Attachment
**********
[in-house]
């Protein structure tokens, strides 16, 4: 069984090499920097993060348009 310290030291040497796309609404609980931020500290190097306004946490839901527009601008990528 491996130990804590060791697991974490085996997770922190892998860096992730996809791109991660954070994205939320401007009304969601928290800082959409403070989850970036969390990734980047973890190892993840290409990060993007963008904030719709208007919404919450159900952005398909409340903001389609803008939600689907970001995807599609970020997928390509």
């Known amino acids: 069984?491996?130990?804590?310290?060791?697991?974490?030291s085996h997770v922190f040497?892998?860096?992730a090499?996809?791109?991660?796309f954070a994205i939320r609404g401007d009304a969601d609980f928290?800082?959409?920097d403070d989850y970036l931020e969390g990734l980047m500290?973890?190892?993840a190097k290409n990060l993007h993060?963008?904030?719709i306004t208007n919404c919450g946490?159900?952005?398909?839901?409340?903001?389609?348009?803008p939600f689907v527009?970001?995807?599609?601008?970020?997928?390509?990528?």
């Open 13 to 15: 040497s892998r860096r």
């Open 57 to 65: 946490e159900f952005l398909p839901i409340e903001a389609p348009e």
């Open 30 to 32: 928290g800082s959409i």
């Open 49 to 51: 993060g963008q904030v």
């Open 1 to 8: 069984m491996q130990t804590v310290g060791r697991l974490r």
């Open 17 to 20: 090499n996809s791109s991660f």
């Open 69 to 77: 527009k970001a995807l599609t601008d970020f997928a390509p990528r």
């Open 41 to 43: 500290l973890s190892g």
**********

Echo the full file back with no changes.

[in-house]
């Protein structure tokens, strides 16, 4: 069984090499920097993060348009 310290030291040497796309609404609980931020500290190097306004946490839901527009601008990528 491996130990804590060791697991974490085996997770922190892998860096992730996809791109991660954070994205939320401007009304969601928290800082959409403070989850970036969390990734980047973890190892993840290409990060993007963008904030719709208007919404919450159900952005398909409340903001389609803008939600689907970001995807599609970020997928390509």
């Known amino acids: 069984?491996?130990?804590?310290?060791?697991?974490?030291s085996h997770v922190f040497?892998?860096?992730a090499?996809?791109?991660?796309f954070a994205i939320r609404g401007d009304a969601d609980f928290?800082?959409?920097d403070d989850y970036l931020e969390g990734l980047m500290?973890?190892?993840a190097k290409n990060l993007h993060?963008?904030?719709i306004t208007n919404c919450g946490?159900?952005?398909?839901?409340?903001?389609?348009?803008p939600f689907v527009?970001?995807?599609?601008?970020?997928?390509?990528?």
């Open 13 to 15: 040497s892998r860096r």
């Open 57 to 65: 946490e159900f952005l398909p839901i409340e903001a389609p348009e």
């Open 30 to 32: 928290g800082s959409i």
């Open 49 to 51: 993060g963008q904030v």
């Open 1 to 8: 069984m491996q130990t804590v310290g060791r697991l974490r």
């Open 17 to 20: 090499n996809s791109s991660f």
């Open 69 to 77: 527009k970001a995807l599609t601008d970020f997928a390509p990528r």
């Open 41 to 43: 500290l973890s190892g």